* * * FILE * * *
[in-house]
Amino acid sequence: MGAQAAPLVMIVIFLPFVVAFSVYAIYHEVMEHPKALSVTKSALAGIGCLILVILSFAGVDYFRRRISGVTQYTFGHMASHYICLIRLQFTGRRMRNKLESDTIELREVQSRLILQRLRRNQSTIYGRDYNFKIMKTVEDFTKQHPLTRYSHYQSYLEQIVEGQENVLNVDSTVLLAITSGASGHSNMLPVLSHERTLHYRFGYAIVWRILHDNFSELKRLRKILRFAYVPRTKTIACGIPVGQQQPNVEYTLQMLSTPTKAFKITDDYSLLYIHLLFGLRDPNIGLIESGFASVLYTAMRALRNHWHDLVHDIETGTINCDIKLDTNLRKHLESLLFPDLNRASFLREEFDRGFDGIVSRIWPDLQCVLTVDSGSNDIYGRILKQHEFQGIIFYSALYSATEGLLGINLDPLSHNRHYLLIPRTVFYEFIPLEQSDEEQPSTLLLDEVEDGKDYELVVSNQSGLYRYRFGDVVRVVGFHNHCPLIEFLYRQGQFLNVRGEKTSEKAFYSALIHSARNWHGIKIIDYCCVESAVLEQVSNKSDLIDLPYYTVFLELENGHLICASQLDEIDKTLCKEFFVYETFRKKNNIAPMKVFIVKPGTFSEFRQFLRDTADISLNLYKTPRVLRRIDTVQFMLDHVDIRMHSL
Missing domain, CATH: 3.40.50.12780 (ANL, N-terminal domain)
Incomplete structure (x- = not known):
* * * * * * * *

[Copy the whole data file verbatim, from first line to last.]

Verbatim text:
[in-house]
Amino acid sequence: MGAQAAPLVMIVIFLPFVVAFSVYAIYHEVMEHPKALSVTKSALAGIGCLILVILSFAGVDYFRRRISGVTQYTFGHMASHYICLIRLQFTGRRMRNKLESDTIELREVQSRLILQRLRRNQSTIYGRDYNFKIMKTVEDFTKQHPLTRYSHYQSYLEQIVEGQENVLNVDSTVLLAITSGASGHSNMLPVLSHERTLHYRFGYAIVWRILHDNFSELKRLRKILRFAYVPRTKTIACGIPVGQQQPNVEYTLQMLSTPTKAFKITDDYSLLYIHLLFGLRDPNIGLIESGFASVLYTAMRALRNHWHDLVHDIETGTINCDIKLDTNLRKHLESLLFPDLNRASFLREEFDRGFDGIVSRIWPDLQCVLTVDSGSNDIYGRILKQHEFQGIIFYSALYSATEGLLGINLDPLSHNRHYLLIPRTVFYEFIPLEQSDEEQPSTLLLDEVEDGKDYELVVSNQSGLYRYRFGDVVRVVGFHNHCPLIEFLYRQGQFLNVRGEKTSEKAFYSALIHSARNWHGIKIIDYCCVESAVLEQVSNKSDLIDLPYYTVFLELENGHLICASQLDEIDKTLCKEFFVYETFRKKNNIAPMKVFIVKPGTFSEFRQFLRDTADISLNLYKTPRVLRRIDTVQFMLDHVDIRMHSL
Missing domain, CATH: 3.40.50.12780 (ANL, N-terminal domain)
Incomplete structure (x- = not known):